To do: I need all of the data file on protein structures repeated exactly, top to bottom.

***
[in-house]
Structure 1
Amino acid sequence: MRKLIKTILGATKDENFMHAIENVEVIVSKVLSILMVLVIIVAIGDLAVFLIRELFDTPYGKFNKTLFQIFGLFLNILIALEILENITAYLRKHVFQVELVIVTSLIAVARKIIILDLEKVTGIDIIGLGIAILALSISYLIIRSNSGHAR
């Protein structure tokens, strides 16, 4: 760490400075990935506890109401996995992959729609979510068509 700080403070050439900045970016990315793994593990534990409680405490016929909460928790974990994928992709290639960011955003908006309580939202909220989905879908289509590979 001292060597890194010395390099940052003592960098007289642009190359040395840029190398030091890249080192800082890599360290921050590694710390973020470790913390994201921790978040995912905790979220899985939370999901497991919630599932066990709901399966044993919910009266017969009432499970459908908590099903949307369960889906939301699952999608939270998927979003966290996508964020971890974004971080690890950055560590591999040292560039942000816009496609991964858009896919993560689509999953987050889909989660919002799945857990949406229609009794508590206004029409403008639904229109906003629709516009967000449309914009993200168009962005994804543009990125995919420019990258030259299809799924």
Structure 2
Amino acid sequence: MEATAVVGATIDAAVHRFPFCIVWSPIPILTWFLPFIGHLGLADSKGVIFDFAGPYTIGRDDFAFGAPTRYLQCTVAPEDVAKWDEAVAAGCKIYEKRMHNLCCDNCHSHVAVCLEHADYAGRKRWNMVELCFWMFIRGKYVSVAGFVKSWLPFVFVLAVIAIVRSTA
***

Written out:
[in-house]
Structure 1
Amino acid sequence: MRKLIKTILGATKDENFMHAIENVEVIVSKVLSILMVLVIIVAIGDLAVFLIRELFDTPYGKFNKTLFQIFGLFLNILIALEILENITAYLRKHVFQVELVIVTSLIAVARKIIILDLEKVTGIDIIGLGIAILALSISYLIIRSNSGHAR
């Protein structure tokens, strides 16, 4: 760490400075990935506890109401996995992959729609979510068509 700080403070050439900045970016990315793994593990534990409680405490016929909460928790974990994928992709290639960011955003908006309580939202909220989905879908289509590979 001292060597890194010395390099940052003592960098007289642009190359040395840029190398030091890249080192800082890599360290921050590694710390973020470790913390994201921790978040995912905790979220899985939370999901497991919630599932066990709901399966044993919910009266017969009432499970459908908590099903949307369960889906939301699952999608939270998927979003966290996508964020971890974004971080690890950055560590591999040292560039942000816009496609991964858009896919993560689509999953987050889909989660919002799945857990949406229609009794508590206004029409403008639904229109906003629709516009967000449309914009993200168009962005994804543009990125995919420019990258030259299809799924």
Structure 2
Amino acid sequence: MEATAVVGATIDAAVHRFPFCIVWSPIPILTWFLPFIGHLGLADSKGVIFDFAGPYTIGRDDFAFGAPTRYLQCTVAPEDVAKWDEAVAAGCKIYEKRMHNLCCDNCHSHVAVCLEHADYAGRKRWNMVELCFWMFIRGKYVSVAGFVKSWLPFVFVLAVIAIVRSTA